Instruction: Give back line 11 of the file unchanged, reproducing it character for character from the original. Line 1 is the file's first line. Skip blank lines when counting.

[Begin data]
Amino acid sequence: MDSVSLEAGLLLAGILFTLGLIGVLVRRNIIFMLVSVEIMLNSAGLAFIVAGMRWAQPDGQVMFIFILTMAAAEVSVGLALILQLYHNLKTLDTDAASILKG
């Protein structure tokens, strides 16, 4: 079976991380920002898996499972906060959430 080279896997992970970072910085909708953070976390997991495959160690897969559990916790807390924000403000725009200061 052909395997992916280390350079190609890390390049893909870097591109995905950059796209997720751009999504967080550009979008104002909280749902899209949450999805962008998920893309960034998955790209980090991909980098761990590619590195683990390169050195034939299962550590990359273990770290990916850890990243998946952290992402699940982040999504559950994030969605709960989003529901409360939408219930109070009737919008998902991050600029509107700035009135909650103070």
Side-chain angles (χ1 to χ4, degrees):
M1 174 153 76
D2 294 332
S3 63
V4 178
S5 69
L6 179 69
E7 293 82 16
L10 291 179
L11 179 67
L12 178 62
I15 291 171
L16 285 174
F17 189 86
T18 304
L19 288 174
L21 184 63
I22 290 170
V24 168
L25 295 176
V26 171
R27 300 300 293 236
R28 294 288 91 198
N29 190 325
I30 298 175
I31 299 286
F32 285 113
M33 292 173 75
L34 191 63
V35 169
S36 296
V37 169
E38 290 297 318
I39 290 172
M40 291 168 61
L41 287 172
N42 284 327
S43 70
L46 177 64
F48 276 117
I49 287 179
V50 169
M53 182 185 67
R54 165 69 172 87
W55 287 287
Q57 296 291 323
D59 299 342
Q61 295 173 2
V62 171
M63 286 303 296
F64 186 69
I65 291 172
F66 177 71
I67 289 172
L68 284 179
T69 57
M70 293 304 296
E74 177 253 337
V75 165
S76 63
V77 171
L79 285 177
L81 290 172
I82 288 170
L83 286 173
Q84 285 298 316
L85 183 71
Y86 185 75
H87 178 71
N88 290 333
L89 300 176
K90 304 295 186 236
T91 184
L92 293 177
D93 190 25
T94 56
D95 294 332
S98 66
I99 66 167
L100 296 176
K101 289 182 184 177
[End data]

L10 291 179